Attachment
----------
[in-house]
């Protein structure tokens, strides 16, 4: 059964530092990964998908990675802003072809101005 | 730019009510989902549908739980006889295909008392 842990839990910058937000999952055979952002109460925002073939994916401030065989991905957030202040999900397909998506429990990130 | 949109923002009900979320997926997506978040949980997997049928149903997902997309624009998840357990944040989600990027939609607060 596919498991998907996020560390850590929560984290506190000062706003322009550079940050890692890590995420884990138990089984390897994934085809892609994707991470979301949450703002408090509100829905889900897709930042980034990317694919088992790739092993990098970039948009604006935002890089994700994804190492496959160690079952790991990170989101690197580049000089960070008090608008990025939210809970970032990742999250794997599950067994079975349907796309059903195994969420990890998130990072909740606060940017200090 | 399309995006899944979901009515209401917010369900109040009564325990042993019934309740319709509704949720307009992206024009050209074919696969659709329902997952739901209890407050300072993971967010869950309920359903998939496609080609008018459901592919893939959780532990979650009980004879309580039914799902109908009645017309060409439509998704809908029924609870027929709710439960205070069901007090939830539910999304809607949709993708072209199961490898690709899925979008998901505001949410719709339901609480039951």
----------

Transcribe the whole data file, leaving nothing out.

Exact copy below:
[in-house]
């Protein structure tokens, strides 16, 4: 059964530092990964998908990675802003072809101005 | 730019009510989902549908739980006889295909008392 842990839990910058937000999952055979952002109460925002073939994916401030065989991905957030202040999900397909998506429990990130 | 949109923002009900979320997926997506978040949980997997049928149903997902997309624009998840357990944040989600990027939609607060 596919498991998907996020560390850590929560984290506190000062706003322009550079940050890692890590995420884990138990089984390897994934085809892609994707991470979301949450703002408090509100829905889900897709930042980034990317694919088992790739092993990098970039948009604006935002890089994700994804190492496959160690079952790991990170989101690197580049000089960070008090608008990025939210809970970032990742999250794997599950067994079975349907796309059903195994969420990890998130990072909740606060940017200090 | 399309995006899944979901009515209401917010369900109040009564325990042993019934309740319709509704949720307009992206024009050209074919696969659709329902997952739901209890407050300072993971967010869950309920359903998939496609080609008018459901592919893939959780532990979650009980004879309580039914799902109908009645017309060409439509998704809908029924609870027929709710439960205070069901007090939830539910999304809607949709993708072209199961490898690709899925979008998901505001949410719709339901609480039951």